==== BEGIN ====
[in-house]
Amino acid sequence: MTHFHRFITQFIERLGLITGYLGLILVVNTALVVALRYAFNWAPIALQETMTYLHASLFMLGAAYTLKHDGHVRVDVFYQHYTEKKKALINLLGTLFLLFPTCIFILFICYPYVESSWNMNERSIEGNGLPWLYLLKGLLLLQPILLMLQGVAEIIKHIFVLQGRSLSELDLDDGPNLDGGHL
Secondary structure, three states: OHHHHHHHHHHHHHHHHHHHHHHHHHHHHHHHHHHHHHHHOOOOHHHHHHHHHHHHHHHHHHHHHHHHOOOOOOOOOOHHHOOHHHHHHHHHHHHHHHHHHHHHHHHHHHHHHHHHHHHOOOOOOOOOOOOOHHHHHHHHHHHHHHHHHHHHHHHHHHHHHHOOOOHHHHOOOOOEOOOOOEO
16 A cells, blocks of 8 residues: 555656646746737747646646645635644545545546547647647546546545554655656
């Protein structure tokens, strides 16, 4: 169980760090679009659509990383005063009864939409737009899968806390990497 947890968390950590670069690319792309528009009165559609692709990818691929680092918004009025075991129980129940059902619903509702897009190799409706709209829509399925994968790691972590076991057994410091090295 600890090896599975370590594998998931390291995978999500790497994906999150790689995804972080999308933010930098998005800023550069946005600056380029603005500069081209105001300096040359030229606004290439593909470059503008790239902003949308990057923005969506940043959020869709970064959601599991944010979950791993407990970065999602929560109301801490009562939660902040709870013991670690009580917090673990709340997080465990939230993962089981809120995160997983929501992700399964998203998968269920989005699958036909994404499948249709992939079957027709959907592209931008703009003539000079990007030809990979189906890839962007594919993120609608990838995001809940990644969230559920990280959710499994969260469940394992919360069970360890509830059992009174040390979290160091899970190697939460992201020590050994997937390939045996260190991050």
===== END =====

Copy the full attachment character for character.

[in-house]
Amino acid sequence: MTHFHRFITQFIERLGLITGYLGLILVVNTALVVALRYAFNWAPIALQETMTYLHASLFMLGAAYTLKHDGHVRVDVFYQHYTEKKKALINLLGTLFLLFPTCIFILFICYPYVESSWNMNERSIEGNGLPWLYLLKGLLLLQPILLMLQGVAEIIKHIFVLQGRSLSELDLDDGPNLDGGHL
Secondary structure, three states: OHHHHHHHHHHHHHHHHHHHHHHHHHHHHHHHHHHHHHHHOOOOHHHHHHHHHHHHHHHHHHHHHHHHOOOOOOOOOOHHHOOHHHHHHHHHHHHHHHHHHHHHHHHHHHHHHHHHHHHOOOOOOOOOOOOOHHHHHHHHHHHHHHHHHHHHHHHHHHHHHHOOOOHHHHOOOOOEOOOOOEO
16 A cells, blocks of 8 residues: 555656646746737747646646645635644545545546547647647546546545554655656
């Protein structure tokens, strides 16, 4: 169980760090679009659509990383005063009864939409737009899968806390990497 947890968390950590670069690319792309528009009165559609692709990818691929680092918004009025075991129980129940059902619903509702897009190799409706709209829509399925994968790691972590076991057994410091090295 600890090896599975370590594998998931390291995978999500790497994906999150790689995804972080999308933010930098998005800023550069946005600056380029603005500069081209105001300096040359030229606004290439593909470059503008790239902003949308990057923005969506940043959020869709970064959601599991944010979950791993407990970065999602929560109301801490009562939660902040709870013991670690009580917090673990709340997080465990939230993962089981809120995160997983929501992700399964998203998968269920989005699958036909994404499948249709992939079957027709959907592209931008703009003539000079990007030809990979189906890839962007594919993120609608990838995001809940990644969230559920990280959710499994969260469940394992919360069970360890509830059992009174040390979290160091899970190697939460992201020590050994997937390939045996260190991050």